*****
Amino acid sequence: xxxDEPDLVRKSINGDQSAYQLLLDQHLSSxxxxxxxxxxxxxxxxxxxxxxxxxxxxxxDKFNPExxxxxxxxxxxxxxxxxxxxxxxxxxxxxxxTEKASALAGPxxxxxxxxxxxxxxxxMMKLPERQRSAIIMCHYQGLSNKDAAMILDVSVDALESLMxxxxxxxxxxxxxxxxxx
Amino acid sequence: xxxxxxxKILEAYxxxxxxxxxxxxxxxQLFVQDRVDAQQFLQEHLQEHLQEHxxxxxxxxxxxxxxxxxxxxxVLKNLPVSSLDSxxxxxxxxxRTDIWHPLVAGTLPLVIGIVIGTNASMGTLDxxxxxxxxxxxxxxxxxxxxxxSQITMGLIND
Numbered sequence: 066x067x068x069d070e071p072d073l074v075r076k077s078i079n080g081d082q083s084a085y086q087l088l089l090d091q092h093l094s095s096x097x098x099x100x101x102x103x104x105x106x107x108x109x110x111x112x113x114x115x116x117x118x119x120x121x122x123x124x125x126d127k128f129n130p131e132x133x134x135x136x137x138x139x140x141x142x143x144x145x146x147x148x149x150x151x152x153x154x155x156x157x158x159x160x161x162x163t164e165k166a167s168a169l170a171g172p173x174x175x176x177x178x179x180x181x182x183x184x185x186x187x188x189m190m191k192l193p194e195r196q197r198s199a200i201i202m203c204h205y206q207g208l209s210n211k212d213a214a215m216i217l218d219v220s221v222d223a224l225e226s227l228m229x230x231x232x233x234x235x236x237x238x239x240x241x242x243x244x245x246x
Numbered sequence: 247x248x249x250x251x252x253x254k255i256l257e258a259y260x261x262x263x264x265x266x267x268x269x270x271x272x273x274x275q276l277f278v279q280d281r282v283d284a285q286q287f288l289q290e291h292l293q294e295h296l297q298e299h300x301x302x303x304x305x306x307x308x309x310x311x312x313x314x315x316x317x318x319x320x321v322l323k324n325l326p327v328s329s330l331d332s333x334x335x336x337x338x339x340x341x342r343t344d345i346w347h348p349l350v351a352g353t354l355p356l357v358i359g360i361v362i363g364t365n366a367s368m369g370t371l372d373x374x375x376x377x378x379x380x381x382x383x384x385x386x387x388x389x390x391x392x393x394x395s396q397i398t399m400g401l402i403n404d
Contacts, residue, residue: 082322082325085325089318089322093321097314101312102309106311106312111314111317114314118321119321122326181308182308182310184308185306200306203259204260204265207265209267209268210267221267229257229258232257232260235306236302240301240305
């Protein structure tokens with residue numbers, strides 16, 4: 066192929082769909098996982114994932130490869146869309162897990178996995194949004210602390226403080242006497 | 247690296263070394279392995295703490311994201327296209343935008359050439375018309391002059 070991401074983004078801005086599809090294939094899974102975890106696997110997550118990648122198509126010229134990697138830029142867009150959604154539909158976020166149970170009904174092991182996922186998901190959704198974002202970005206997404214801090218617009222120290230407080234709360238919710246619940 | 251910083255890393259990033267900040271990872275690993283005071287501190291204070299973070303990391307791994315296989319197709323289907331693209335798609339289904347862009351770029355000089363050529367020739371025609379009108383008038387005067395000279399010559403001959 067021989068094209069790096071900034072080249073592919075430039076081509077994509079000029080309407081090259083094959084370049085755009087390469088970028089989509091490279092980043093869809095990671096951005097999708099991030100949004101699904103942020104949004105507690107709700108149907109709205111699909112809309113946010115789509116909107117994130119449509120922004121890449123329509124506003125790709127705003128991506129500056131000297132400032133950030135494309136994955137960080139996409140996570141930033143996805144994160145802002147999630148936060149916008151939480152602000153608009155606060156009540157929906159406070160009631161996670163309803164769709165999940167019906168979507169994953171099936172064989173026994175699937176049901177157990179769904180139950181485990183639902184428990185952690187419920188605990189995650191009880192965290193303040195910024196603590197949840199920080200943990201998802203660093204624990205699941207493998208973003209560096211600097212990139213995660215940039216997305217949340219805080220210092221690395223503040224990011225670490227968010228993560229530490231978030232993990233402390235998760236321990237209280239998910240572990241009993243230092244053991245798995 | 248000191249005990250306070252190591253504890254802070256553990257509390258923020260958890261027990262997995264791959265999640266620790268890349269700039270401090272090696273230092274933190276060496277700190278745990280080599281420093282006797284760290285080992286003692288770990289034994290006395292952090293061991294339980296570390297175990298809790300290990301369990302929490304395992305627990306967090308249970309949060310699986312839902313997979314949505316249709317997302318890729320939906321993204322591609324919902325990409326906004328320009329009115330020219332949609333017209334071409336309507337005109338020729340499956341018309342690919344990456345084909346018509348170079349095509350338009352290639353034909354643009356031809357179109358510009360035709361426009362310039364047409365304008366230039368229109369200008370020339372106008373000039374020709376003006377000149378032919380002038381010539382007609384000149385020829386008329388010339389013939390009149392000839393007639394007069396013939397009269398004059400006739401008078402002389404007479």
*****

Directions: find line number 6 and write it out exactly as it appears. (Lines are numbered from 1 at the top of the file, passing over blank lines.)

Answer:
């Protein structure tokens with residue numbers, strides 16, 4: 066192929082769909098996982114994932130490869146869309162897990178996995194949004210602390226403080242006497 | 247690296263070394279392995295703490311994201327296209343935008359050439375018309391002059 070991401074983004078801005086599809090294939094899974102975890106696997110997550118990648122198509126010229134990697138830029142867009150959604154539909158976020166149970170009904174092991182996922186998901190959704198974002202970005206997404214801090218617009222120290230407080234709360238919710246619940 | 251910083255890393259990033267900040271990872275690993283005071287501190291204070299973070303990391307791994315296989319197709323289907331693209335798609339289904347862009351770029355000089363050529367020739371025609379009108383008038387005067395000279399010559403001959 067021989068094209069790096071900034072080249073592919075430039076081509077994509079000029080309407081090259083094959084370049085755009087390469088970028089989509091490279092980043093869809095990671096951005097999708099991030100949004101699904103942020104949004105507690107709700108149907109709205111699909112809309113946010115789509116909107117994130119449509120922004121890449123329509124506003125790709127705003128991506129500056131000297132400032133950030135494309136994955137960080139996409140996570141930033143996805144994160145802002147999630148936060149916008151939480152602000153608009155606060156009540157929906159406070160009631161996670163309803164769709165999940167019906168979507169994953171099936172064989173026994175699937176049901177157990179769904180139950181485990183639902184428990185952690187419920188605990189995650191009880192965290193303040195910024196603590197949840199920080200943990201998802203660093204624990205699941207493998208973003209560096211600097212990139213995660215940039216997305217949340219805080220210092221690395223503040224990011225670490227968010228993560229530490231978030232993990233402390235998760236321990237209280239998910240572990241009993243230092244053991245798995 | 248000191249005990250306070252190591253504890254802070256553990257509390258923020260958890261027990262997995264791959265999640266620790268890349269700039270401090272090696273230092274933190276060496277700190278745990280080599281420093282006797284760290285080992286003692288770990289034994290006395292952090293061991294339980296570390297175990298809790300290990301369990302929490304395992305627990306967090308249970309949060310699986312839902313997979314949505316249709317997302318890729320939906321993204322591609324919902325990409326906004328320009329009115330020219332949609333017209334071409336309507337005109338020729340499956341018309342690919344990456345084909346018509348170079349095509350338009352290639353034909354643009356031809357179109358510009360035709361426009362310039364047409365304008366230039368229109369200008370020339372106008373000039374020709376003006377000149378032919380002038381010539382007609384000149385020829386008329388010339389013939390009149392000839393007639394007069396013939397009269398004059400006739401008078402002389404007479």